What’s It Worth? Manifestations Of Modernism

We have written about modernism before, but this week, when three Jean Mahie pieces landed in
our store, we felt an update was warranted.

The mid-20th century marked a period of innovation and experimentation in jewelry design. First, the clean lines of modernism; then later, the startling brutalism came around as designers explored diverse styles, materials, and techniques. This era saw freeform, tree limbs and branches, and nugget jewelry, characterized by their asymmetrical designs and organic shapes. The amazing world of mid-century jewelry design — which uncovered the distinct characteristics of modernism, brutalism, and the allure of freeform and nugget jewelry — was popular for a while, then met with disdain, and is once again “hot.”

22k gold jewelry

After WWII, there was a rebellious shift toward simplicity and functionality in design, known as modernism. Modernist jewelers embraced clean lines, geometric shapes and minimalist aesthetics.
These pieces were odd, and completely different from the art nouveau, art deco and retro deco of the pre-war years. Designers took inspiration from architectural principles, incorporating elements such as symmetry and balance. Notable modernists like Georg Jensen and Hans Hansen popularized this style, which continues to please to this day.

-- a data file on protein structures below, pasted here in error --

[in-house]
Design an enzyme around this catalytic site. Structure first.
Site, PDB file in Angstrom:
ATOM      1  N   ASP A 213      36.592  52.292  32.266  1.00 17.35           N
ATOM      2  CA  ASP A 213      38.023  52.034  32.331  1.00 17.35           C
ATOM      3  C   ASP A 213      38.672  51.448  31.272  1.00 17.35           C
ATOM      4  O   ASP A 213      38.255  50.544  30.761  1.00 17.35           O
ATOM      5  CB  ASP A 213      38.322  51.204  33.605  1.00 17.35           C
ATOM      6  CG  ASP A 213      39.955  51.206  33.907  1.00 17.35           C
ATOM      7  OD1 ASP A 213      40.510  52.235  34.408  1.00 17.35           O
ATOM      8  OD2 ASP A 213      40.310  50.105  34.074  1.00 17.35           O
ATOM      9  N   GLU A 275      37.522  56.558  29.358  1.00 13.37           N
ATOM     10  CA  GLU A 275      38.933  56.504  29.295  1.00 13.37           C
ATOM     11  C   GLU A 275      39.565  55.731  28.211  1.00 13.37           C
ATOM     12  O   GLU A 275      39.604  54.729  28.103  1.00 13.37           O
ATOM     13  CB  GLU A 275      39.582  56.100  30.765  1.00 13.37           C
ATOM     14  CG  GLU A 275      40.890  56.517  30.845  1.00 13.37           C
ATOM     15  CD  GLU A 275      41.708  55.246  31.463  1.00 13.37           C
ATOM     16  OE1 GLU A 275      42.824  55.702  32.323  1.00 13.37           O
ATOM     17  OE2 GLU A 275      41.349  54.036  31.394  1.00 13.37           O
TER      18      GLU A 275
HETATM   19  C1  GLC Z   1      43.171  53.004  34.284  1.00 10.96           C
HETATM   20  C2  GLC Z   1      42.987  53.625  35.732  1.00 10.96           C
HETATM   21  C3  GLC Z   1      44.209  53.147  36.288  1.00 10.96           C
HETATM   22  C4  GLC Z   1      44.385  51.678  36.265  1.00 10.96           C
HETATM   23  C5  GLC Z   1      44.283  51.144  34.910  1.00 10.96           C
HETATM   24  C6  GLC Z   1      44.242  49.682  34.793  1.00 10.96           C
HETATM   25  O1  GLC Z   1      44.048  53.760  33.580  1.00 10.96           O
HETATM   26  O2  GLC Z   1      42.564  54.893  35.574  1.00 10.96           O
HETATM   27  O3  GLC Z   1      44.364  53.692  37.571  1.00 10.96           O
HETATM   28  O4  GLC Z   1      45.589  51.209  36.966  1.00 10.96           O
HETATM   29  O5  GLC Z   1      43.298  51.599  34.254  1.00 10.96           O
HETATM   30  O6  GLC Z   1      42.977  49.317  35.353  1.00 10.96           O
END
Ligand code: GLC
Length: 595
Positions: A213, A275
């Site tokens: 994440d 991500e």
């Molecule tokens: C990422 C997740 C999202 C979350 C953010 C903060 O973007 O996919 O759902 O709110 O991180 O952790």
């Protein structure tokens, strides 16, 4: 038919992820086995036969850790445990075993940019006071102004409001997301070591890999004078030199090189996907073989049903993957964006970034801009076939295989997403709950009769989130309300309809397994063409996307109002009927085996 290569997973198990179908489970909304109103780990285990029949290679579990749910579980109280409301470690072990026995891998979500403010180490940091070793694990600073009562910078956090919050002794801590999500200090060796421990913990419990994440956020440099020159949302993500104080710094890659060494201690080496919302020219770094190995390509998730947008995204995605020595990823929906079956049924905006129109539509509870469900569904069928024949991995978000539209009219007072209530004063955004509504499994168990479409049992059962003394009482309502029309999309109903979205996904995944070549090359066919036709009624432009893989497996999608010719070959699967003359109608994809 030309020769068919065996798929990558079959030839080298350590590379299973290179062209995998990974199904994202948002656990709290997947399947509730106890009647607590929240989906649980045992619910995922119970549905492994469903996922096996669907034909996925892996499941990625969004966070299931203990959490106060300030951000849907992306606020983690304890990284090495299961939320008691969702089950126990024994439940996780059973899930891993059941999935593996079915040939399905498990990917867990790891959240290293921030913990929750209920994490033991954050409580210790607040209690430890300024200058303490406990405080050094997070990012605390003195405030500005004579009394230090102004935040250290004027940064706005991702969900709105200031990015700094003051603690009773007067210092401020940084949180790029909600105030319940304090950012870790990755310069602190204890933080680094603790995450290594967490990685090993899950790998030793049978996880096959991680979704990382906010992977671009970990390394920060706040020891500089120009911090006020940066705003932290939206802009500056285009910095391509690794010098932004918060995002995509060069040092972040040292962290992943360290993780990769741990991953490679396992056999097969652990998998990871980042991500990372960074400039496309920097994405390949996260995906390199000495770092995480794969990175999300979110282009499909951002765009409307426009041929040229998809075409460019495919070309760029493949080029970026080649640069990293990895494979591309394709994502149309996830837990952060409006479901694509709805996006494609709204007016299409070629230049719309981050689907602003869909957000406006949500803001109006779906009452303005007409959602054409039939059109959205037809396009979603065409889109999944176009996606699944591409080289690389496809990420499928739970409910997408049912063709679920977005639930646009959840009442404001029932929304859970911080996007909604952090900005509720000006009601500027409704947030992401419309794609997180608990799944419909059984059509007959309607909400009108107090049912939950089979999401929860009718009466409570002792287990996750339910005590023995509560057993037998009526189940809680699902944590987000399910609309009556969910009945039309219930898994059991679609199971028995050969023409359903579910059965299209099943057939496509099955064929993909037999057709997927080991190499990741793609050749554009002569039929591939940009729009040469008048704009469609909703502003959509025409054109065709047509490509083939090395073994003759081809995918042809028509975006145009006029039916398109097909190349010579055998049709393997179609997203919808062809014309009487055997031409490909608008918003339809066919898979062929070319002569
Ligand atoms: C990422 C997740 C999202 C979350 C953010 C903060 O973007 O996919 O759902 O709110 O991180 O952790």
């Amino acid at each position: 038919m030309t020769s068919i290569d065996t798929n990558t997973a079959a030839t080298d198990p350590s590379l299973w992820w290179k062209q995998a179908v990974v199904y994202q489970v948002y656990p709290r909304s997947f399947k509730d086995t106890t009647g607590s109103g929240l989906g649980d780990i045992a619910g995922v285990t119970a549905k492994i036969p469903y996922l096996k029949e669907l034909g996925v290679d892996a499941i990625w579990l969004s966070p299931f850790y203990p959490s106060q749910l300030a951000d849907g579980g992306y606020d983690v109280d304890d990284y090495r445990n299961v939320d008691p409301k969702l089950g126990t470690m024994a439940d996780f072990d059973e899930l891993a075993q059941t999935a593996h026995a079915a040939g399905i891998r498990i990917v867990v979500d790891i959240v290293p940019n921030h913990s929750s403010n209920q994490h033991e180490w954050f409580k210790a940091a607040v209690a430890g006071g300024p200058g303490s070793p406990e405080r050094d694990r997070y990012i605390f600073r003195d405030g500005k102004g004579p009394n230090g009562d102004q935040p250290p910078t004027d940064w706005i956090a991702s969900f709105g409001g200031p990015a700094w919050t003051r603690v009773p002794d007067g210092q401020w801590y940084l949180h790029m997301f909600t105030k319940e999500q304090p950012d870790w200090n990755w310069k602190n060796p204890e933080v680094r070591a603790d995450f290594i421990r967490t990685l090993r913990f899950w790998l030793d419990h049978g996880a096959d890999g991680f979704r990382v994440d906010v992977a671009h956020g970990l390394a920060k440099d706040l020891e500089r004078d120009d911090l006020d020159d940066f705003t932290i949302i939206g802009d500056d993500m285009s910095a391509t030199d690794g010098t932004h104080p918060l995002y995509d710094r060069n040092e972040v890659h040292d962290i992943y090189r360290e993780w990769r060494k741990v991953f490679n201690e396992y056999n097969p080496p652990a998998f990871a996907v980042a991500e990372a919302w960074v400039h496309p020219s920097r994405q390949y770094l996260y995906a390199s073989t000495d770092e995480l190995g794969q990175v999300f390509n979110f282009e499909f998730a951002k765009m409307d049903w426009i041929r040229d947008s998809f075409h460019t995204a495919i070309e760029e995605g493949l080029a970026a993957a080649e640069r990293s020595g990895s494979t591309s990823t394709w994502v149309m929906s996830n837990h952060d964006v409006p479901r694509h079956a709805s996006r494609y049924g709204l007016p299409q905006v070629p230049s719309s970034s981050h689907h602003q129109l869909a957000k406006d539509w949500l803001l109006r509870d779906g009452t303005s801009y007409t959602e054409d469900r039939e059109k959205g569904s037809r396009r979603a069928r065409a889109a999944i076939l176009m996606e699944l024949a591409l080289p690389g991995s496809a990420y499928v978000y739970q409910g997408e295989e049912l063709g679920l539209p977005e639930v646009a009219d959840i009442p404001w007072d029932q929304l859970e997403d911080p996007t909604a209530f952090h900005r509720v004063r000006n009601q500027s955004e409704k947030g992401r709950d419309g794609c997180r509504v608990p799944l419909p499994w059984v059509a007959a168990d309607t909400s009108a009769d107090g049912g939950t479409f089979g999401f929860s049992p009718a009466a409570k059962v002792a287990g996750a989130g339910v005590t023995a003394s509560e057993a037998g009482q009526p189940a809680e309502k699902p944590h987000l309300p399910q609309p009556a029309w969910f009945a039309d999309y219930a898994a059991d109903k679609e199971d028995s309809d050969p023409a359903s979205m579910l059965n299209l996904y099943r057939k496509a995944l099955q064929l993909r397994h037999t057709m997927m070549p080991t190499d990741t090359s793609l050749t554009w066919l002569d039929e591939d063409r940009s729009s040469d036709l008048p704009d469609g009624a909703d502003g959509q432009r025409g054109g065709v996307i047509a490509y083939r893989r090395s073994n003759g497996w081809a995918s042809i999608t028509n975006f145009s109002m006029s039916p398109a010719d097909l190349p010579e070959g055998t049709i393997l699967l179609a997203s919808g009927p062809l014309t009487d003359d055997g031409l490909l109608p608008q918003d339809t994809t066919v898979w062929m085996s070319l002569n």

Brutalist, Freeform And Modernist Designs

In yet another design rebellion, brutalism emerged in the mid-20th century. It celebrated rawness, rough textures, and unconventional, asymmetrical forms defying traditional norms. Chunky, irregular shapes, hammered surfaces, jutting uncut gemstones and a general design mayhem evoked what one historian called “primal energy and raw beauty.” Often massive, these wearable sculptures made a statement defying conventional beauty.

The whole freeform, modernist, brutalist, hand-hammered thing often gets misidentified simply as mid-century modern, even though the makers worked from the 1960s to around 2010. Jean Mahie’s brand has its roots in the 1960s but began in the 1970s, quickly gaining ground and being sold by Cartier, Van Cleef and Neiman Marcus. The Los Angeles Tribune called it “Ironic Erotica.” The artist’s influences on these 22k gold works of art were Hellenistic and Pre-Columbian.

ALWAYS BUYING rare and valuable freeform, modernist
and brutalist jewelry. ALL RIGHTS RESERVED.

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